Cryptocurrencies such as Bitcoin are often viewed as a financial asset, but they actually represent much more than that. They embody a socio-political movement, born out of the “Crypto Wars”, which have been taking place for decades.
Encryption technology was initially used by military and intelligence agencies, but by the 1960s, the US government decided to develop algorithms suitable for wider use. In 1974, IBM created the Data Encryption Standard (DES), which was endorsed by the National Security Agency. This system faced criticism due to rumored vulnerabilities, as people suspected the NSA of intentionally weakening the algorithm.
Whitfield Diffie and Martin Hellman then proposed the concept of public-key cryptography, which relied on individuals having their own keys. This decentralised system was created entirely outside of government circles, allowing for greater privacy.
Nevertheless, as communication and data storage transitioned to digital formats, government restrictions on encryption increased. A group of cryptographers, known as the “Cypherpunks”, resisted these interventions and prioritised privacy as a fundamental human right.
The Cypherpunks realised that the global financial crisis had exposed the vulnerabilities of the fiat monetary system, which allowed governments to expand the money supply and cause inflation. This disproportionately affected the working class, amplifying economic disparities.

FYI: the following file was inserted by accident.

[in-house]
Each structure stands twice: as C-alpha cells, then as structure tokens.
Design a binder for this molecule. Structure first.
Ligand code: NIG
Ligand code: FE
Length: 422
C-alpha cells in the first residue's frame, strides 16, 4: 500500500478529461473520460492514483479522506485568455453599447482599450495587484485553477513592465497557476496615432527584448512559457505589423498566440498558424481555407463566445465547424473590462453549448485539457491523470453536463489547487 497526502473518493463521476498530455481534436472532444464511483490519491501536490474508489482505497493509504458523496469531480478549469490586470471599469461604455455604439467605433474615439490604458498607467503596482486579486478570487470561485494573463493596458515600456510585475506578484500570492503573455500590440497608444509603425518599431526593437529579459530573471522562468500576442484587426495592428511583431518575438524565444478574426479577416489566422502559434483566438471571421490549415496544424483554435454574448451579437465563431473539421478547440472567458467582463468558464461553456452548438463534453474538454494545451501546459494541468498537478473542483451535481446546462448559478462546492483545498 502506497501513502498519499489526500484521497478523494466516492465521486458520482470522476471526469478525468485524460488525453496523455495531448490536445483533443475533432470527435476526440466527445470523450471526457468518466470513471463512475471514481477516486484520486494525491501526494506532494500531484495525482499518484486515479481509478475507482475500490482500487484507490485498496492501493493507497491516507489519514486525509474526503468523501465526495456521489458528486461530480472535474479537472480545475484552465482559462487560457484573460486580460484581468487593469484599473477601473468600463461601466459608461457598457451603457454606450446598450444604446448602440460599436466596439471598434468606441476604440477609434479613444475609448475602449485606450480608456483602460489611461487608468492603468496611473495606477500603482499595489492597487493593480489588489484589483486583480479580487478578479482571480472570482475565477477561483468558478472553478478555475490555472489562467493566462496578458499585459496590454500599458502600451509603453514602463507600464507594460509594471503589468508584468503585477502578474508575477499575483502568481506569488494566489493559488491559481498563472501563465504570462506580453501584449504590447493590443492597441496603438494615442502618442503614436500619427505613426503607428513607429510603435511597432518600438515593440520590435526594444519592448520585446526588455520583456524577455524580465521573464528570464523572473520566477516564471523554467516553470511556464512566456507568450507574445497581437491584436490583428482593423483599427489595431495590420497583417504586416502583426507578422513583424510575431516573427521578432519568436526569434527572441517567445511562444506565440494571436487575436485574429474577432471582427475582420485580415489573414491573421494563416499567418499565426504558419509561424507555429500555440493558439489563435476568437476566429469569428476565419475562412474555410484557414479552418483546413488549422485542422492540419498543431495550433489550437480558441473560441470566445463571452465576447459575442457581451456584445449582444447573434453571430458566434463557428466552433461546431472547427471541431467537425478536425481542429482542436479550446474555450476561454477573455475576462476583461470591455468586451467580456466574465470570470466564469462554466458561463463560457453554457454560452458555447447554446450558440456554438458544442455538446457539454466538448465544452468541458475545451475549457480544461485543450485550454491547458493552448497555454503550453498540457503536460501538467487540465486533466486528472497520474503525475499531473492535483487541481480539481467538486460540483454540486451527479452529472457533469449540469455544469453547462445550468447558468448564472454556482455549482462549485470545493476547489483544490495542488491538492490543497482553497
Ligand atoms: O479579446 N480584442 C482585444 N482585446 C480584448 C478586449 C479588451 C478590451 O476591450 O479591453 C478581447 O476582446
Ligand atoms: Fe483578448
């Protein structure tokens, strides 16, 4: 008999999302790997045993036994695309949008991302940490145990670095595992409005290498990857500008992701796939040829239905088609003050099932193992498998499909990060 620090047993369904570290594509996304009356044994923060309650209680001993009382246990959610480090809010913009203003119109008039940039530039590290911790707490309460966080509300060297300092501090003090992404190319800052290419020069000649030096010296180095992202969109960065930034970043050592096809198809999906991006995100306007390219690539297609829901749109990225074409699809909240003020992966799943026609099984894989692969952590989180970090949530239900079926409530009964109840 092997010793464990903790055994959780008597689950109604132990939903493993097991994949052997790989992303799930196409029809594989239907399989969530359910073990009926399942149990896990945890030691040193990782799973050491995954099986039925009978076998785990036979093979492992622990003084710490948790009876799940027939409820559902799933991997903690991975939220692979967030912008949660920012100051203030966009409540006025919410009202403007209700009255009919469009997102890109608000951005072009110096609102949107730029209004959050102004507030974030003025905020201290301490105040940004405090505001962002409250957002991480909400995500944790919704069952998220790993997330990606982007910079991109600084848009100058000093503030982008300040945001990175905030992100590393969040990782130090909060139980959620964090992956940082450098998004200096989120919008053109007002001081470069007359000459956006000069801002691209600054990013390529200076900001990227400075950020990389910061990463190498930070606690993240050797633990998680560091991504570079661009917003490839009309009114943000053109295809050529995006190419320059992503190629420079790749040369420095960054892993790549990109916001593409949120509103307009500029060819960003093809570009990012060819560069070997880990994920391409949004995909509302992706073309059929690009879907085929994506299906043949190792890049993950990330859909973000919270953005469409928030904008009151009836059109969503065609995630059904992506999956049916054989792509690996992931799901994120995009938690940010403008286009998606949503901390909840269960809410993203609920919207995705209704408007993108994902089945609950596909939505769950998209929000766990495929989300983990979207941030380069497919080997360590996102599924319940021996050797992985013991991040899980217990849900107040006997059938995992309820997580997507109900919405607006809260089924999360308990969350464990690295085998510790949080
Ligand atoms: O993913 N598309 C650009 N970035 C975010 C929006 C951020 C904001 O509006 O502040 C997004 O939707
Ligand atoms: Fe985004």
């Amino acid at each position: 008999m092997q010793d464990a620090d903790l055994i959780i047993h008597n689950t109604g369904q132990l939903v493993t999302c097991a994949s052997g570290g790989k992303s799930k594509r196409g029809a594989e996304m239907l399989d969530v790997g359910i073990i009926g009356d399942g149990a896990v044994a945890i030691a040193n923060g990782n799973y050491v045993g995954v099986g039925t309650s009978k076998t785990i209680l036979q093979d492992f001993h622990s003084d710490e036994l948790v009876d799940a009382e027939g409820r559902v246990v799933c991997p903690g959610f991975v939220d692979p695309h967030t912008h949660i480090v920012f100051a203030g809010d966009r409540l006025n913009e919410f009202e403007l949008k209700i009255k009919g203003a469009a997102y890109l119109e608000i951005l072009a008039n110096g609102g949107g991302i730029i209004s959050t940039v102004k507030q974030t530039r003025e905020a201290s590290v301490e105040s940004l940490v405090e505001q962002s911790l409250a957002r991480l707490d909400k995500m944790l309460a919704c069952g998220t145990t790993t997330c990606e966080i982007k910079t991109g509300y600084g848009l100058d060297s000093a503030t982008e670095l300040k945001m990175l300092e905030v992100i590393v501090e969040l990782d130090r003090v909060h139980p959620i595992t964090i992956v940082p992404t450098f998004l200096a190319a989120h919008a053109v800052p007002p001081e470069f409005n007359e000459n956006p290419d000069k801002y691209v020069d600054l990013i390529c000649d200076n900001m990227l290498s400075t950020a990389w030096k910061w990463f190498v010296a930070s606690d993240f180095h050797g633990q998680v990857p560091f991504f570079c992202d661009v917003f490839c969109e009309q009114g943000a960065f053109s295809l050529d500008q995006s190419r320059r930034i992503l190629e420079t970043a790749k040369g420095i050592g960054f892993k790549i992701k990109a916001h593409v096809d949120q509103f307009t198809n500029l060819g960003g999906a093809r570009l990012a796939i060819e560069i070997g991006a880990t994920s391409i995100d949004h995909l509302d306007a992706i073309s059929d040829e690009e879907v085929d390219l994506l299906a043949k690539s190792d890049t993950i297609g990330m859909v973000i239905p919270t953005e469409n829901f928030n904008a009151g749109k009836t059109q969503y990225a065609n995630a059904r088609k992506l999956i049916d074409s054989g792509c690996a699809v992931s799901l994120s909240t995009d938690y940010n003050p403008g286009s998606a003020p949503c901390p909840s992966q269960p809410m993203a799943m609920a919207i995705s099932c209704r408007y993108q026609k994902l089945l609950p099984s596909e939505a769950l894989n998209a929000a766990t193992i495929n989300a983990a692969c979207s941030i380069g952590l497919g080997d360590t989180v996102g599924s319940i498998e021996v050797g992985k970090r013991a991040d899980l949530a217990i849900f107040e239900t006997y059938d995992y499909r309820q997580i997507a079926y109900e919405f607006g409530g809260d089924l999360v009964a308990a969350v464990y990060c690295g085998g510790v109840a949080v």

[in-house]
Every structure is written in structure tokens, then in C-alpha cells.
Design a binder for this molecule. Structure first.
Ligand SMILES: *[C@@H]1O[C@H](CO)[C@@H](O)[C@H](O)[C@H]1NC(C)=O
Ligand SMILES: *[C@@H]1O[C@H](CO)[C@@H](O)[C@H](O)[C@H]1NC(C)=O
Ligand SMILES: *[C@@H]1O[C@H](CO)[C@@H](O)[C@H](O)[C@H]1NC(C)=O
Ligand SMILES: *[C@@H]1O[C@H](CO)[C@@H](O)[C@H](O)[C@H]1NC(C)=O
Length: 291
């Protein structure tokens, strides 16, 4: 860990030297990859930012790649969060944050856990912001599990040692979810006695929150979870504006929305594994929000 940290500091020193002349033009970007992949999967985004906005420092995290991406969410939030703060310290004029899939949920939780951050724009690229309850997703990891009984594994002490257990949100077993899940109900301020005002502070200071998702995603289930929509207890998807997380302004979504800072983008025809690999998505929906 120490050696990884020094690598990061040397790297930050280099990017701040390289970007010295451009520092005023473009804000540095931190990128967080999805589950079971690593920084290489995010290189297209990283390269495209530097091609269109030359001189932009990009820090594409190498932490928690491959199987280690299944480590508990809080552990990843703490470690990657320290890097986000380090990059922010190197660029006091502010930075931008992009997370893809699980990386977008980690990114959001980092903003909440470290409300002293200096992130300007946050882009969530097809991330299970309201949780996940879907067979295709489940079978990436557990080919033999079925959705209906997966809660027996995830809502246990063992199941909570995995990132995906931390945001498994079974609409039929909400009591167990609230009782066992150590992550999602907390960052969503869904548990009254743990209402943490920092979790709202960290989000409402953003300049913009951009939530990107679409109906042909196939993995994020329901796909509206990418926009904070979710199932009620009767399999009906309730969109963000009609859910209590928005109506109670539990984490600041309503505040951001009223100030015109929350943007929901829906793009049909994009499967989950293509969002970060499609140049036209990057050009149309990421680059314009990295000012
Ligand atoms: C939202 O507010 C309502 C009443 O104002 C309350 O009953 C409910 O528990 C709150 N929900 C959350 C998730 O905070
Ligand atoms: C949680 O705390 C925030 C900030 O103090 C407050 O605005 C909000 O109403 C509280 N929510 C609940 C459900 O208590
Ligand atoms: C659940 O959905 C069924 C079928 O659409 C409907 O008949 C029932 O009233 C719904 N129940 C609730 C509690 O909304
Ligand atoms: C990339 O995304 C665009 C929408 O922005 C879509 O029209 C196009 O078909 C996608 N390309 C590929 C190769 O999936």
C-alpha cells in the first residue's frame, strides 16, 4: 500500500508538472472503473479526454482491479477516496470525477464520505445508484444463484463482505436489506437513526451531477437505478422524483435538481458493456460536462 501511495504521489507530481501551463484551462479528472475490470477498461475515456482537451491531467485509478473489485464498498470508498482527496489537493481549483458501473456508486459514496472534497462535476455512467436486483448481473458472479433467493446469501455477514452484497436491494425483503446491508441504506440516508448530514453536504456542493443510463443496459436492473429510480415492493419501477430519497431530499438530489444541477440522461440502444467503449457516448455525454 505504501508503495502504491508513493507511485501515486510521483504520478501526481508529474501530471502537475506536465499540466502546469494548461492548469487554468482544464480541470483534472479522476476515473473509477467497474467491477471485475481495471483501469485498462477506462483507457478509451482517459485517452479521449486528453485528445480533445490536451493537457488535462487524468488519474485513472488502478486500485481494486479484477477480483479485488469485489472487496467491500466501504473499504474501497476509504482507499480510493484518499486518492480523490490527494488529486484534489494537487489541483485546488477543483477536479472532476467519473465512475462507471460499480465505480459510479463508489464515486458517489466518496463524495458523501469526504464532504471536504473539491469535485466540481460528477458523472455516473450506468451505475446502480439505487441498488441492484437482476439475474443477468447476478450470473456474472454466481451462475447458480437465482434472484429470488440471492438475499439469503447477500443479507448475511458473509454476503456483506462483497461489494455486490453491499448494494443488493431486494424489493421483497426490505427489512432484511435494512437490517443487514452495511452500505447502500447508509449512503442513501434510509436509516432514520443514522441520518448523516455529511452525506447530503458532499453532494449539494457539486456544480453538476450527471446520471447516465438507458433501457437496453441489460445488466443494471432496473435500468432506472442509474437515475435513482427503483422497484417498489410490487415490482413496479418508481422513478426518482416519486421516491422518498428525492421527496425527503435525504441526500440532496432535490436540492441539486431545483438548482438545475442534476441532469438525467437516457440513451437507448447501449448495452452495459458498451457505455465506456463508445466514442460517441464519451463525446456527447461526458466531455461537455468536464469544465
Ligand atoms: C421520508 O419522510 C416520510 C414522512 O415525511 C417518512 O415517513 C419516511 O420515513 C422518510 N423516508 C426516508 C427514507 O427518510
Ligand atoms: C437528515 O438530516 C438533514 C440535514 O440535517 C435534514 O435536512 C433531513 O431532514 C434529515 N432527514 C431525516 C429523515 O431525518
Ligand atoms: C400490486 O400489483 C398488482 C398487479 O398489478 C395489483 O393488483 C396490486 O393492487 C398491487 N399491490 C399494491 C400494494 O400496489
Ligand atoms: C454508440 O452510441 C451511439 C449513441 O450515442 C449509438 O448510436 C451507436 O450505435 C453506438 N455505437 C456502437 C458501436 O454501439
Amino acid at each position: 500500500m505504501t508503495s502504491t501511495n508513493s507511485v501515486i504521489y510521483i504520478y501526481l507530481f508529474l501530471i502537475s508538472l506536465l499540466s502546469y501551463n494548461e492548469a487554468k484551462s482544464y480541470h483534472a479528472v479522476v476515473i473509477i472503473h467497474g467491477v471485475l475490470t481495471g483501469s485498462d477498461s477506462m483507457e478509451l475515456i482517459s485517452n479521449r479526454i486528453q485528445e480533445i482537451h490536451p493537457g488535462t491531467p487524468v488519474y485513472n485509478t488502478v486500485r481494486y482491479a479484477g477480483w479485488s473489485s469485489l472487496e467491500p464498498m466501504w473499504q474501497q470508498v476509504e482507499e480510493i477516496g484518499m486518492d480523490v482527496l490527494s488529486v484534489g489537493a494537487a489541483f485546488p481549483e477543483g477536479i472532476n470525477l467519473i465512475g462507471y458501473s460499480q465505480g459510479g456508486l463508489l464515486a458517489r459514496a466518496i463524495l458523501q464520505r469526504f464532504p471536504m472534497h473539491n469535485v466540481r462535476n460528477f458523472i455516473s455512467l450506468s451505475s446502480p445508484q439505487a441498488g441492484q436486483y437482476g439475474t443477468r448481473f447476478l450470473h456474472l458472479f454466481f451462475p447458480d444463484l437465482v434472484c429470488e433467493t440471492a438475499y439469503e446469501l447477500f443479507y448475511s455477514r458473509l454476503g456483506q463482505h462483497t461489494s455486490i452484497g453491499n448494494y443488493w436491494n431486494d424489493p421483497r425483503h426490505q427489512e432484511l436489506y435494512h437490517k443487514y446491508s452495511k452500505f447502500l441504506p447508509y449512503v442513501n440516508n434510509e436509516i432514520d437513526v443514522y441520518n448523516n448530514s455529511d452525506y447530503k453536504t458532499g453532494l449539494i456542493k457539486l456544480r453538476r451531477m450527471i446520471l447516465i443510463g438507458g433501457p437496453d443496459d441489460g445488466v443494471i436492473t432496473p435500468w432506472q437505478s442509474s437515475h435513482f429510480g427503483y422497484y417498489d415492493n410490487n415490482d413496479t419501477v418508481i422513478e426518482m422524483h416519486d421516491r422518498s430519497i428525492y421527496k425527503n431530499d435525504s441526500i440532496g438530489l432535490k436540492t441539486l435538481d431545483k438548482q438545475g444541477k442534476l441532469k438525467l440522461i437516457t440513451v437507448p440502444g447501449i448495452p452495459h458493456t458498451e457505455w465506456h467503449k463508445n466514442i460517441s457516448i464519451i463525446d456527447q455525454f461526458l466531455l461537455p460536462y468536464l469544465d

In response, the Cypherpunks sought to create a digital currency, free from state control, which could protect individuals’ privacy and prevent inflationary increases.
The first attempts at digital currency, such as DigiCash, failed commercially but introduced cryptography and encryption to the public domain. These principles would later be used to create Bitcoin, which was released shortly after the 2008 financial crisis.
Unlike fiat currencies, the maximum number of Bitcoins is capped at 21 million, which means that only a finite quantity can ever come into existence. This feature, among others, has made Bitcoin popular among tech enthusiasts, libertarians, and proponents of laissez-faire economics.
The future of this experiment remains uncertain, but its significance is clear. The Cypherpunks’ insights are more relevant than ever, especially in countries like Pakistan where citizens’ rights are often disregarded by the ruling elite.
This article was written by an assistant professor at the Lahore University of Management Sciences and was originally published in Dawn, The Business and Finance Weekly, October 2nd, 2023.